Turning personal purpose into action
Purpose is powerful stuff when done well. ‘Psychologists describe it as “the pathway to greater well-being” and doctors have even found that people with purpose in their lives are less prone to disease,’ according to a HBR article (1). However, the same article revealed that less than 20% of leaders have a strong sense of their own individual purpose.
The article inspired us to work on personal purpose at our recent global partner retreat. The nine brandgym partners worked in small groups to define their personal purpose and, importantly, action plans flowing from it. We found a renewed sense of vigour and energy from the process, leaving with motivating and inspiring actions at both a 5 year and 12 month level. The process also allowed each partner to see how their personal purpose flowed from and reinforced the purpose of the brandgym as a whole: to help brand change agents achieve their ambitions (brand, business & personal).
Below I share some highlights from the process, led by our partner Jon Goldstone. He drew inspiration from the HBR article and also from his time as VP of Marketing at Unilever. The exercises are designed to push you to get past the generic, useful suspect phrases (“Help people succeed”; “Drive brand growth”) to make the purpose as inspiring as possible (see table below). You do this by reflecting on your life story to identify major themes related to strengths, values, and passions, prior to then creating a a purpose and action plan.
1. ’CRUCIBLE STORIES’
Think of times when you were stretched to your limits. These stories can be focussed on confronting a difficult situation at work or in your personal life. The story should have a beginning, middle and end. Look back and reflect on how these experiences shaped you and your attitude towards life.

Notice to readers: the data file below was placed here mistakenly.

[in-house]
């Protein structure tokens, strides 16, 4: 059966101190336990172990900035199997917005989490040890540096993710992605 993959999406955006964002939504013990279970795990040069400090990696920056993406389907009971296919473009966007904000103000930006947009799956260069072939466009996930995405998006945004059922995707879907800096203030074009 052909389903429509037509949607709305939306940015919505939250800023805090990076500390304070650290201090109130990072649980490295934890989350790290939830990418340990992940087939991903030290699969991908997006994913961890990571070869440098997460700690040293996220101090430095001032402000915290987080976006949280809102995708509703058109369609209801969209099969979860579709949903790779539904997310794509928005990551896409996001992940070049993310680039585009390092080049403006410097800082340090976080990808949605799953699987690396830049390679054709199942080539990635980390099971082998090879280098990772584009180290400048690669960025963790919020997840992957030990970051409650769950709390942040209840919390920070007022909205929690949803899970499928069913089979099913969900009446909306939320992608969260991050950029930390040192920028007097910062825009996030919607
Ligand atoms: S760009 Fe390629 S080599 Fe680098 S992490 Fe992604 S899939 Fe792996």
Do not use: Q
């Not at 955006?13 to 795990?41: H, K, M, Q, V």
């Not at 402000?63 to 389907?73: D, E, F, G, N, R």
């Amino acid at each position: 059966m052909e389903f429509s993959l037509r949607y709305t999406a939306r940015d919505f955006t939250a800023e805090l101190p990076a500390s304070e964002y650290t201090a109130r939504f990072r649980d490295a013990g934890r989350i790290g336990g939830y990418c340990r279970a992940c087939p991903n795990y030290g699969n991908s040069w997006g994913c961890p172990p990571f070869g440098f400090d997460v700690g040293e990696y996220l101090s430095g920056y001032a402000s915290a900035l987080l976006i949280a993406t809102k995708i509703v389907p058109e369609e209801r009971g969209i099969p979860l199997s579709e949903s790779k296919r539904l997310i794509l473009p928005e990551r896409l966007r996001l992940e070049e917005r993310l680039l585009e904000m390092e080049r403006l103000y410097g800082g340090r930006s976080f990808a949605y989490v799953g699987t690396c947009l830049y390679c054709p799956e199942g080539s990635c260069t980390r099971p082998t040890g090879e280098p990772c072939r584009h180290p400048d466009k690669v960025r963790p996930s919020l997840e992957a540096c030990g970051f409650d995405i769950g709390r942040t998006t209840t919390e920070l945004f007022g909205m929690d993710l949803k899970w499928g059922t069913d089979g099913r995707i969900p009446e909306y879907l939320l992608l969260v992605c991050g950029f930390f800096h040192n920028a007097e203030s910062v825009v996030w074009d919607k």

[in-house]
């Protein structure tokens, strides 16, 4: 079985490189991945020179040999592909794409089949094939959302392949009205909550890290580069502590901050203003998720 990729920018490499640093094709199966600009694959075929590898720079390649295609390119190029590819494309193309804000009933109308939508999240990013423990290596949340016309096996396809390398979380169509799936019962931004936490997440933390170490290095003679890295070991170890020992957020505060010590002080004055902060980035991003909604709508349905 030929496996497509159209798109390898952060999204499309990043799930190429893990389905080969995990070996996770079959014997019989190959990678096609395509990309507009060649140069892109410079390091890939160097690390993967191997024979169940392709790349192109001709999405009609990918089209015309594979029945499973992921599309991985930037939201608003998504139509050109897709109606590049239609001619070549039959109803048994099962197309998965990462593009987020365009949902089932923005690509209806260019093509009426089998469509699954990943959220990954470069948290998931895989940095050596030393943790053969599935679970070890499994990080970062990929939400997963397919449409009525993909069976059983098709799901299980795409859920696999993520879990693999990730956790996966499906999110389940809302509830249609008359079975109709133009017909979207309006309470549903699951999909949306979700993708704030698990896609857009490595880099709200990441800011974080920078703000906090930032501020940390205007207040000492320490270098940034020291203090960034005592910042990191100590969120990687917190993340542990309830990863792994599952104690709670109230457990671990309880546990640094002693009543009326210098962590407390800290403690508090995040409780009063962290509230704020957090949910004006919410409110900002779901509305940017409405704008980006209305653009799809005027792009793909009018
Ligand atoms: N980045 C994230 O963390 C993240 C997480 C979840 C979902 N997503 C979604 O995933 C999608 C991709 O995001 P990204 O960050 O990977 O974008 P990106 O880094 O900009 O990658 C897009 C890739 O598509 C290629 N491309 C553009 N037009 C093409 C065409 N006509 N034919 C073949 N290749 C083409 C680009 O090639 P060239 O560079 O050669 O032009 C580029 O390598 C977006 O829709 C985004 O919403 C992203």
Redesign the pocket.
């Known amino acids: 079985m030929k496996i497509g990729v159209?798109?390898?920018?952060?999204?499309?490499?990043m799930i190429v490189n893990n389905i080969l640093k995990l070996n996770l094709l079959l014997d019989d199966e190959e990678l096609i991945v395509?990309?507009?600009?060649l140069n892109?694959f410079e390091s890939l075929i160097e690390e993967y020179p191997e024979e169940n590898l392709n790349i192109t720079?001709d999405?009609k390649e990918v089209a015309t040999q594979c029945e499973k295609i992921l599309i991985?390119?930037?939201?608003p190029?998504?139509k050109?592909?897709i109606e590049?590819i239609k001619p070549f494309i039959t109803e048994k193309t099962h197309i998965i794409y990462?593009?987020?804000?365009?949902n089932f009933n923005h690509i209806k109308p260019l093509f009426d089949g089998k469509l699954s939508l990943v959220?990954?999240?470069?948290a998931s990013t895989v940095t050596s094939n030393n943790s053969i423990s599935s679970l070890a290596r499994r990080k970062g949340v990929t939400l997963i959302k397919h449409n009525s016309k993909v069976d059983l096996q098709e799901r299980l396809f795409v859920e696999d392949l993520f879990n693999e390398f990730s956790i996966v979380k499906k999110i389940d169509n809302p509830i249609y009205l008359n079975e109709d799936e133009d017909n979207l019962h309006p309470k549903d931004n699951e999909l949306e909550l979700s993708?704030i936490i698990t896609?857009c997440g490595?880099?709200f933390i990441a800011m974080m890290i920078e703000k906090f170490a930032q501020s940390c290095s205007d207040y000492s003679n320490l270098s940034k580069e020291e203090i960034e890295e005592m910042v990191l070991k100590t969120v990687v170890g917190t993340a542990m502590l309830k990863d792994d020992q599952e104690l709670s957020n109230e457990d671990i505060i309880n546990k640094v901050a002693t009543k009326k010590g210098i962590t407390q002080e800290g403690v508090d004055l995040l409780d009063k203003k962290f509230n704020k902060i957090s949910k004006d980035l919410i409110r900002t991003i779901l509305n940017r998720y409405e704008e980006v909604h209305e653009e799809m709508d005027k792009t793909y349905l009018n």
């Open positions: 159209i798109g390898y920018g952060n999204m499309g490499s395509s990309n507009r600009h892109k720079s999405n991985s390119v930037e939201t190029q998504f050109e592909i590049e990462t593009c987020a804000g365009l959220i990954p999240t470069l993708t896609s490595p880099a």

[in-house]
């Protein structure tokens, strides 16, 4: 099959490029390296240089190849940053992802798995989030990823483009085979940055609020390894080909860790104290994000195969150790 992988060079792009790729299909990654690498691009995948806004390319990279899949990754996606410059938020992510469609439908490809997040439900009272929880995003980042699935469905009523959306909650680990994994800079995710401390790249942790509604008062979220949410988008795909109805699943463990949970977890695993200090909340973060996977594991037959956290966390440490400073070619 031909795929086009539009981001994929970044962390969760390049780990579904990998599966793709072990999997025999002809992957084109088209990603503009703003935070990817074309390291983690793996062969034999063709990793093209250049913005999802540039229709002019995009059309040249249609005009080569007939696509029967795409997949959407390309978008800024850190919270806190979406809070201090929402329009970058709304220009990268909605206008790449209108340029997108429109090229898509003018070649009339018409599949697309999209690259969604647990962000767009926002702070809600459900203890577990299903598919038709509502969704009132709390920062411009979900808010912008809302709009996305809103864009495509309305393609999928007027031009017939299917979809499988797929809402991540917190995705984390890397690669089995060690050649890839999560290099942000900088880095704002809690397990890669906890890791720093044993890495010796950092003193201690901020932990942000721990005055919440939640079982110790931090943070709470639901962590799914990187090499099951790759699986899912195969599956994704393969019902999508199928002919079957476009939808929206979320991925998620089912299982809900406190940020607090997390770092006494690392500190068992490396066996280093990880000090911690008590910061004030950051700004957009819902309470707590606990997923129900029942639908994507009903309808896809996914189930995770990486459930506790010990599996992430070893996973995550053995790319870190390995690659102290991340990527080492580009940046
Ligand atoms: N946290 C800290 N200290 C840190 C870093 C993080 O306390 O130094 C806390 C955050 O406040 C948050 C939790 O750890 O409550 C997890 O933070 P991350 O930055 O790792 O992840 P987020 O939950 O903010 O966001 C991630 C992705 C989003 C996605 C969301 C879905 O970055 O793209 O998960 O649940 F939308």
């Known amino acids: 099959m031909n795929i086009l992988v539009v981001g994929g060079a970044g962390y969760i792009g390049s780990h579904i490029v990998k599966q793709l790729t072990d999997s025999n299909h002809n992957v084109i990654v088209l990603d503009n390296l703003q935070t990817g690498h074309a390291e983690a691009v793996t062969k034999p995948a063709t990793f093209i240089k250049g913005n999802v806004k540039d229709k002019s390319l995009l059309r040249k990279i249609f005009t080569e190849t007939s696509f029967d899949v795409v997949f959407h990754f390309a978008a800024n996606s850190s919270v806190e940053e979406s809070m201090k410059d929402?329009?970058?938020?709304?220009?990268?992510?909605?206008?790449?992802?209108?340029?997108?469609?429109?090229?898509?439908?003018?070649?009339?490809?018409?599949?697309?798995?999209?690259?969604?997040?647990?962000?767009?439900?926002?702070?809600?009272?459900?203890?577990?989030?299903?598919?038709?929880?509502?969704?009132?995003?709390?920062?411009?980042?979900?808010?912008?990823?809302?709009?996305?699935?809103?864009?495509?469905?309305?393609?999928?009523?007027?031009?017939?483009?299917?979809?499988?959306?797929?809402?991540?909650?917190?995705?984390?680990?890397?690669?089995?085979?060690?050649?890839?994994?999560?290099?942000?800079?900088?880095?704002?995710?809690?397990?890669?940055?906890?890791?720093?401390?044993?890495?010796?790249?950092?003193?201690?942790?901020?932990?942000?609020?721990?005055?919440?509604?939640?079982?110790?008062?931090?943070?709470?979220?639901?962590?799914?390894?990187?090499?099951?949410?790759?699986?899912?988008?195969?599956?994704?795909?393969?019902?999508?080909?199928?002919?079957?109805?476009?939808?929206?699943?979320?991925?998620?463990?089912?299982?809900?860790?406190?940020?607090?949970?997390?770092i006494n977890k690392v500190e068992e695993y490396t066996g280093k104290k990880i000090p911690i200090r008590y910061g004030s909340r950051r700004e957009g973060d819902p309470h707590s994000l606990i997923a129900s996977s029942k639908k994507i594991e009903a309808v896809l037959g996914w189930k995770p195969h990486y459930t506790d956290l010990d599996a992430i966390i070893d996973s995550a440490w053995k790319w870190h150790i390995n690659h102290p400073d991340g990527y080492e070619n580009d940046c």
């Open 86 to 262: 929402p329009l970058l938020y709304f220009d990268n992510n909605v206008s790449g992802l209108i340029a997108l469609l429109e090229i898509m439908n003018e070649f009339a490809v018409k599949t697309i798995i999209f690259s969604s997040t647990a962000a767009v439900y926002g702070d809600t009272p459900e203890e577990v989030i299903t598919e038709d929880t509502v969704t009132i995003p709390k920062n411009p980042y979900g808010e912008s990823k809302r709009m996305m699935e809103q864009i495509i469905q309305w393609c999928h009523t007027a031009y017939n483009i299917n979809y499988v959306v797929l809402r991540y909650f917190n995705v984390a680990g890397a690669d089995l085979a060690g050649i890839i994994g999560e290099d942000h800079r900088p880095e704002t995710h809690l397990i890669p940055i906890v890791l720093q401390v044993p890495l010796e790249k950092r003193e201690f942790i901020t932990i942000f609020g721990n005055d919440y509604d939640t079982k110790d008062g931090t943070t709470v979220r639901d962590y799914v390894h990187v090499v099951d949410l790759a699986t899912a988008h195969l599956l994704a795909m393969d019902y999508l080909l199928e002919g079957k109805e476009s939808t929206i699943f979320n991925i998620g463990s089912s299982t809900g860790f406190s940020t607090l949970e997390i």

In my case, a crucible story was co-founding the Paris office of marketing consultancy Added Value at a relatively young age of 29, having never worked in France, never been a marketing consultant and only having a working knowledge of French! I learnt the hard way how to open doors, pitch and then win projects, back in the days without email or mobile phones! It took months and months to get the first small project and another few months to get the first big European project with Disneyland. This experience taught me the need for persistence, stamina and self-confidence.
2. PEAK PERFORMANCE STORIES
Think of two occasions when you were at your peak performance. Sportspeople often call this ‘flow’: times when you are in your ‘sweet spot’ and achieving amazing things without having to think or work too hard at it. With these stories in mind, list four to five of your greatest strengths..
In my case, both stories were about brand positioning workshops, one with WD-40 and one with Ab Inbev. In particular, the stories focused on the process of taking hundreds or even thousands of pages of business data, plus fresh insight and a post-it storm of team ideas and then working to create an inspiring brand strategy ‘story’.
3. DRAFTING YOUR PURPOSE
Using the answers from the exercises as raw material, write down elements of your purpose. Start with a list of thoughts, impressions and truths. And then start to write a draft purpose statement. We found it really helpful at this stage to share the draft purpose and the stores that led to it with a partner for feedback.
My first stab at personal purpose was ‘To develop brand strategies that create clarity and inspiration’. This had the right elements, but lacked colour and distinctiveness. My partners pushed me to make it sharper and more distinctive. We captured the ideas of brand strategy as a ‘crafting’ process, the concept of storytelling (that I love doing in this blog and in the brandgym books) and finally the thrill of transforming messy, multiple sources of data into a clear picture. The refined purpose is ‘To craft inspiring strategy stories that create clarity from chaos’.
4. PURPOSE-LED ACTION PLANS
The final, important step is to use your purpose to inspire and guide action plans. It helps to identify the ‘blockers’ that prevent you from fully living your purpose. And the strengths you’d like to leverage. We worked on broad goals and then five year and 12 month actions for each. An example goal for me is to continue to revamp, update and expand our strategy toolkit so we can all create stronger strategy stories.
In conclusion, we found working on personal purpose to be inspiring and energising and something worth doing if you’re in the 80% of leaders that don’t have one!